DS- Teaching Tools

Learning and memory require balance between inhibition and excitation in the brain.  In Down Syndrome, according to Dr Omar Khwaia, there appears to be excessive inhibition by GABA neurons.  How to overcome this?  Currently Roche is in clinical trials for a drug that decreased excessive inhibition in mouse models.  There are other options now but first you have to know the Down syndrome behavioral types.

Down Syndrome behavioral phenotypes are:

  1. Language deficits
  2. Social Strengths
  3. Visual processing is better than verbal processing
  4. Motor deficits
  5. Poor problem solving
  6. Task persistence

Down syndrome Strengths:

  • Visual spatial processing
  • Core social relationships
  • Receptive language

Relative Challenges:

  • Verbal processing
  • Expressive language
  • Motor function
  • Goal-directed behavior
  • Distractable
  • Stubborn/strong-willed streak

Lisa Daunhauer, ScD and Deborah Fidler, PhD have identified tasks parents and teachers can do to improve executive functioning in Down syndrome.  Executive functioning is the cognitive processes integral to adaptive, goal-oriented actions.

Executive functions are:

  • Working Memory
  • Motor Planning
  • Shifting
  • Inhibition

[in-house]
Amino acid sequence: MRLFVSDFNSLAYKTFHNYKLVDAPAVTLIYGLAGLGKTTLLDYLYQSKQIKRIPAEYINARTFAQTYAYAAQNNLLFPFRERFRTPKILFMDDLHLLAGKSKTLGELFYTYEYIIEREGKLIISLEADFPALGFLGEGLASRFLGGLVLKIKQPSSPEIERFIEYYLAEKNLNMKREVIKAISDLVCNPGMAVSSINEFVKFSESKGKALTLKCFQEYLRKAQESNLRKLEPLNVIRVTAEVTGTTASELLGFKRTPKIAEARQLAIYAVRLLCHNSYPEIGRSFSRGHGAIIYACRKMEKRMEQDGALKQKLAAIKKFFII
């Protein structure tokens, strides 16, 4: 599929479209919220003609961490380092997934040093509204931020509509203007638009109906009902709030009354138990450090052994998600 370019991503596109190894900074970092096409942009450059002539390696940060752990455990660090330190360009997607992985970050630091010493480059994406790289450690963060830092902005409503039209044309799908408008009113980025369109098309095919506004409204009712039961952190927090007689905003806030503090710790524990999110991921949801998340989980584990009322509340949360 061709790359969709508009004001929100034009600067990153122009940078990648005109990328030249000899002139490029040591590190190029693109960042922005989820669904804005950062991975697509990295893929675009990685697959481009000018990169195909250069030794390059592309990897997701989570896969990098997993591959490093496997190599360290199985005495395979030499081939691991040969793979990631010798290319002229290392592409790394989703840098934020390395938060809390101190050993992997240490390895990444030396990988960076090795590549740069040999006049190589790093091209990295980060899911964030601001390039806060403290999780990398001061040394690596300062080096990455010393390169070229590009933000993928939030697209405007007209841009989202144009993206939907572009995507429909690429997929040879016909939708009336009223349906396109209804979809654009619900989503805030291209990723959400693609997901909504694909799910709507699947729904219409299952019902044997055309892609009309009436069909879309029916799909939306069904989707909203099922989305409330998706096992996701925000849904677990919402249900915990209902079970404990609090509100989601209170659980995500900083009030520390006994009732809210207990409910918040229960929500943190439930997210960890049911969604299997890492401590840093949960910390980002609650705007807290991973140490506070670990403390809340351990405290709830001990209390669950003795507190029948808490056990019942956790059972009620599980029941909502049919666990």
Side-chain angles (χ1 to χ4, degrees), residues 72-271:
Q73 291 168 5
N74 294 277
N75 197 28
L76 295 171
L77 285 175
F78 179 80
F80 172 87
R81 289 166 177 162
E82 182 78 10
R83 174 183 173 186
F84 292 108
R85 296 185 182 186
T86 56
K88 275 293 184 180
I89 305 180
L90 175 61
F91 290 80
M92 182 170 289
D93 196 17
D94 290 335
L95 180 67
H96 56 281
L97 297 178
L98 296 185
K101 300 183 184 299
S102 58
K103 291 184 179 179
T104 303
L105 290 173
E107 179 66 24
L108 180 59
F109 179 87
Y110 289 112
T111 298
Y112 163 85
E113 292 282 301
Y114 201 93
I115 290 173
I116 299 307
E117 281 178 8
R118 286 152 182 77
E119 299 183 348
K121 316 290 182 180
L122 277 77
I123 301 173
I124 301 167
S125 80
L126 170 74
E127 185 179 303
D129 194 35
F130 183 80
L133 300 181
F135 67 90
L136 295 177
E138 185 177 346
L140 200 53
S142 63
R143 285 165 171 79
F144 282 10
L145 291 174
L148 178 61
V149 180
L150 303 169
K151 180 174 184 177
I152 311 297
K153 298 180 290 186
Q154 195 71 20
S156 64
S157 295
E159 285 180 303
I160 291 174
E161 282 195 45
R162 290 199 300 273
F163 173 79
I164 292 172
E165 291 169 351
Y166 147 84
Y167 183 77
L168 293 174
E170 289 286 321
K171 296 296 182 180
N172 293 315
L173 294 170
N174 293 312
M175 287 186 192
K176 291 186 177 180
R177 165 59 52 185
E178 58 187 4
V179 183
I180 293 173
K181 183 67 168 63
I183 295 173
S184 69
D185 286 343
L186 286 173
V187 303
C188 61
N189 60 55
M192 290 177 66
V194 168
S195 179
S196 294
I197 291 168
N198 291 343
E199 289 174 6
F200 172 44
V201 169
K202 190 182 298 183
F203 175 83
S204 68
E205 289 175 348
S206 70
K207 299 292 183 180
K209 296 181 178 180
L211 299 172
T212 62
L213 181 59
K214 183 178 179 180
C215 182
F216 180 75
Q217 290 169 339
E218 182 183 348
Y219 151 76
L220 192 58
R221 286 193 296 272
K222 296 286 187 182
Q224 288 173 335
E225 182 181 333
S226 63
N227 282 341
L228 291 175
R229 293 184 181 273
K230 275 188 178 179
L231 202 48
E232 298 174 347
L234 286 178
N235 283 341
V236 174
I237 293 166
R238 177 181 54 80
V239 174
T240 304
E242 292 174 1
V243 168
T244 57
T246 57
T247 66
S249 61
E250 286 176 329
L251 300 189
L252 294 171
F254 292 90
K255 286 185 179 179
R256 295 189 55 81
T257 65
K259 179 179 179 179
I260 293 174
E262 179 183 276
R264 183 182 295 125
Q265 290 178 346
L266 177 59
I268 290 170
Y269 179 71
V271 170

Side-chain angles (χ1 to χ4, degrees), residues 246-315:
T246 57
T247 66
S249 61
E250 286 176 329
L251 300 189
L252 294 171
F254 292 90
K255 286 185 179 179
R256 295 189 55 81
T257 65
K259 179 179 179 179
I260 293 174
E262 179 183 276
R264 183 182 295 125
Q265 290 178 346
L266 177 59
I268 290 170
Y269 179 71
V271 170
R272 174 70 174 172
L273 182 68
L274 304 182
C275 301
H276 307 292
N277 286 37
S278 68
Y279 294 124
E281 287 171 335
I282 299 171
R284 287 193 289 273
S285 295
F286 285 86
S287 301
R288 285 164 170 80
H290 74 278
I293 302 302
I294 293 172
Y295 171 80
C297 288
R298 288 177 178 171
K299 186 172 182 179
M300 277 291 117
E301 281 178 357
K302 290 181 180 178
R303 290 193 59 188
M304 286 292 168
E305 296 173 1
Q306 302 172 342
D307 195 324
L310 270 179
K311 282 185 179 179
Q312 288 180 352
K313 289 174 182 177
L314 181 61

To improve EF in Down syndrome, Lisa and Deborah suggest:

For Inhibition:  Games like Red light/Green light and Duck, Duck, Goose plus daily routines that include an element of delay (sitting before television is turned on.)

For Working Memory:  Games like memory and Simon Says plus daily routines that include organizers, activity boards, and schedules. Prompts are good too; such as what goes next, what just happened; first this than that.

For Shifting:  Games that use a search or scan of objects on a page plus reading joke and riddle books.

About Poetry Road/Marty Goes to Mars

Poetry storage, genealogy research and tribute to my grandson with Down Syndrome . Creativity is my outlet--expressions in acrylics, accomplished quilter , doll maker and writer. Please visit my shop sites. Thank you for stopping in!
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1 Response to DS- Teaching Tools

  1. Hi Marty, I am Lauren and I found your comment on Frogs and the Tower Blog. I have a 30 year old son with Down syndrome. He actually is a very good problem solver. I believe his success is due to; growing up in midst of sibs without disabilities, being thrust in every “regular/typical” experience I could find and talk our way into. Include; Suzuki violin lessons [year and a half], overnights for movie night at the YMCA, 2 weeks at Y summer camp as only camper with significant disability, Sunday school integration, birthday parties… I was the “pain-in-the-asp” parent from heck all thru his school years. I took them to mediation and due process several times. I found very good people and very poor in the schools. Outside I found wonders. I took him to my pottery class, taught him to cook, and pushed very hard for him to be taught to read. When one teacher gave up, a Speech Path. took him on and by end of high school reading 300 word primers.
    My thought on your post- it’s good to know all the terminology and workings of the brain. It’s better to determine your goal with your grandson, and go from there. Best to you all.

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